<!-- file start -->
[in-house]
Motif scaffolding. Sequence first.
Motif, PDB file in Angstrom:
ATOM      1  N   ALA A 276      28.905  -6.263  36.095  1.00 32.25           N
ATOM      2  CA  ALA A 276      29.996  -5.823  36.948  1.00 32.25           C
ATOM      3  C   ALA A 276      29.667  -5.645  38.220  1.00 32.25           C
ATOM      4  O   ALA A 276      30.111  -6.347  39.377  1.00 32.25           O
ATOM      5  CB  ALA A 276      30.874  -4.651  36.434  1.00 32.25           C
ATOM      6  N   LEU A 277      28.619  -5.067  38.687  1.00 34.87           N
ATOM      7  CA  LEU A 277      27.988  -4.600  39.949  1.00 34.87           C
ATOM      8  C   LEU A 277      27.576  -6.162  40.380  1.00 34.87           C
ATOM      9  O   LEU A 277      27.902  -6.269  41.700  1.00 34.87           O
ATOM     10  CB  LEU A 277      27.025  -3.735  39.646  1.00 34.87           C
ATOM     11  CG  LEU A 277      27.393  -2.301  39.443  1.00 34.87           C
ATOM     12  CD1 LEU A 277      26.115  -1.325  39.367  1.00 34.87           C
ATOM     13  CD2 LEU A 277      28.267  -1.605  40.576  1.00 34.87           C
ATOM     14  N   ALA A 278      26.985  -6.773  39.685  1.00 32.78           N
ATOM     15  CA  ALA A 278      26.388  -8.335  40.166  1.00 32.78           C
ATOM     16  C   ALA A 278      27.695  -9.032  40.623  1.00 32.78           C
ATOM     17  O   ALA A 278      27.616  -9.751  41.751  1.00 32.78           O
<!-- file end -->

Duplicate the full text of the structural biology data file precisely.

[in-house]
Motif scaffolding. Sequence first.
Motif, PDB file in Angstrom:
ATOM      1  N   ALA A 276      28.905  -6.263  36.095  1.00 32.25           N
ATOM      2  CA  ALA A 276      29.996  -5.823  36.948  1.00 32.25           C
ATOM      3  C   ALA A 276      29.667  -5.645  38.220  1.00 32.25           C
ATOM      4  O   ALA A 276      30.111  -6.347  39.377  1.00 32.25           O
ATOM      5  CB  ALA A 276      30.874  -4.651  36.434  1.00 32.25           C
ATOM      6  N   LEU A 277      28.619  -5.067  38.687  1.00 34.87           N
ATOM      7  CA  LEU A 277      27.988  -4.600  39.949  1.00 34.87           C
ATOM      8  C   LEU A 277      27.576  -6.162  40.380  1.00 34.87           C
ATOM      9  O   LEU A 277      27.902  -6.269  41.700  1.00 34.87           O
ATOM     10  CB  LEU A 277      27.025  -3.735  39.646  1.00 34.87           C
ATOM     11  CG  LEU A 277      27.393  -2.301  39.443  1.00 34.87           C
ATOM     12  CD1 LEU A 277      26.115  -1.325  39.367  1.00 34.87           C
ATOM     13  CD2 LEU A 277      28.267  -1.605  40.576  1.00 34.87           C
ATOM     14  N   ALA A 278      26.985  -6.773  39.685  1.00 32.78           N
ATOM     15  CA  ALA A 278      26.388  -8.335  40.166  1.00 32.78           C
ATOM     16  C   ALA A 278      27.695  -9.032  40.623  1.00 32.78           C
ATOM     17  O   ALA A 278      27.616  -9.751  41.751  1.00 32.78           O